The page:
In the horse world, training techniques have changed over the years and have become gentler and more humane, however the underlying principles still reflect the assumption that horses need to be led or dominated by human beings. In Natural Lifemanship, every principle we use in building a relationship with a horse must be equally sound when applied to human relationships. Because of this, the assumptions underlying Natural Lifemanship are fundamentally different to those at the foundation of Natural Horsemanship. For example, we would never say that human beings fundamentally need to be led or dominated by other human beings. Natural Horsemanship is based on the idea that every horse needs a leader and that horse handlers ought to interact with horses the way horses interact in herds. The underlying assumption is that horses by nature have a very underdeveloped neocortex, and are incapable of thinking for themselves. Natural Lifemanship operates from a very different belief system. We believe that horses are capable of thinking for themselves if we interact with them in ways that specifically build the part of the brain that is responsible for thinking (the neocortex). Everything we do is aimed at reorganizing the brain so that the horse is capable of self regulation and is capable of doing “we” thinking instead of “me” thinking. This is exactly the same principle we apply to our work with human beings. To promote this kind of growth and cortical development in horses and in other humans, we first must be able to control ourselves. The changes people must make within themselves to be able to apply Natural Lifemanship principles transfer to many life situations.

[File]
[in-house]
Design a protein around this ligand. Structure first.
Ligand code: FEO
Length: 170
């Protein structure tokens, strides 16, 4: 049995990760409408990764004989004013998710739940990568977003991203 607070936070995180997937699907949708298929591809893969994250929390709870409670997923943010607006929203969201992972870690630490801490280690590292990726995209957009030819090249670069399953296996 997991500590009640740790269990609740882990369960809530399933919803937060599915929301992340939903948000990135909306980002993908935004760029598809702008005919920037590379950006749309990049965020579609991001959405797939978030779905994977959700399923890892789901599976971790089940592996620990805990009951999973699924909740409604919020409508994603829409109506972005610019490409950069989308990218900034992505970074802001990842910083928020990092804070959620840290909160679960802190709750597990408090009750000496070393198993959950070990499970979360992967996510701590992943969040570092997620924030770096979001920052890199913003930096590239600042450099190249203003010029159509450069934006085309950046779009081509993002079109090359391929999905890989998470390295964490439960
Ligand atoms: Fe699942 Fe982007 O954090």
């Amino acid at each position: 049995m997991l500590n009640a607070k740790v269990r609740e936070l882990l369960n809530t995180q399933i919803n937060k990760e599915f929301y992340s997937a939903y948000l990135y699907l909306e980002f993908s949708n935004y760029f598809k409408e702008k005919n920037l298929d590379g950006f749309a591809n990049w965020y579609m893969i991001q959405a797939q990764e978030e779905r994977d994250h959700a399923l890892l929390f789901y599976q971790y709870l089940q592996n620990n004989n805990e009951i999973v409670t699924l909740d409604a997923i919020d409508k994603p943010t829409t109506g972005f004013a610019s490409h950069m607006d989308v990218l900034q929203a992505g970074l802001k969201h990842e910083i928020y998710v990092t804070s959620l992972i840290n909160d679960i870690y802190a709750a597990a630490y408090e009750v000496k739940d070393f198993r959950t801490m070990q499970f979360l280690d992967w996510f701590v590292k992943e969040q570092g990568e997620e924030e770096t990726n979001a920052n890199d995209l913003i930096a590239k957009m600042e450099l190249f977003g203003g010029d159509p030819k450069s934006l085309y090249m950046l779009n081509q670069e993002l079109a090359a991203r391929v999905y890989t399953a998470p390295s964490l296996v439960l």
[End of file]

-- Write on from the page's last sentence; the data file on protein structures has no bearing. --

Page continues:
Knowledge cannot be pushed into a brain, it has to be pulled in.
Whether we are working with clients using TF-EAP or training adults, Natural Lifemanship believes that true change comes about only when people willingly adopt new ways of being. This involves so much more than learning new information in an objective sort of way. New knowledge can be learnt, but it will only produce true change when it is also experienced, and typically experienced over a period of time, trial and error. Weekly counseling sessions using TF-EAP often result in significant improvement toward therapy goals within a period of 3 to 6 months, or roughly 12-24 sessions. Sometimes change occurs much faster, and for some it may take longer. The feedback we get from those attending our trainings is that a major paradigm shift typically occurs upon hearing and experiencing Natural Lifemanship for the very first time. Embodying the principles, however, takes practice and guidance. This is why many who attend our trainings follow up with consultations and those who are serious about establishing a TF-EAP practice undertake the process to become certified in our model.
You can always control the chaos inside you regardless of what is going on around you.
If there is a single outcome to which Natural Lifemanship aspires, it is to empower young people and adults, alike, to live by this principle: While we cannot control our external circumstances or the actions of others, we can always manage how we respond internally and externally to adversity (given that we’ve sufficiently developed that ability). As infants and children, we begin to develop this ability through the relationship with our caregivers. As older youth and adults, we continually develop it through practice, which is greatly facilitated by supportive relationships with others. This is the cornerstone of resilience. Natural Lifemanship aims to promote the attuned and connected relationships that lead to such resilience.
Connection with self. Connection with others. A life filled with connected relationships the way it was intended.
We call this Natural Lifemanship.
- Maurstad, A., Davis, D., and Cowles, S. (2013). Co-being and intra-action in horse-human relationships: a multi-species ethnography of be(com)ing human and be(com)ing horse. Social Anthropology, 21(3), 322-335.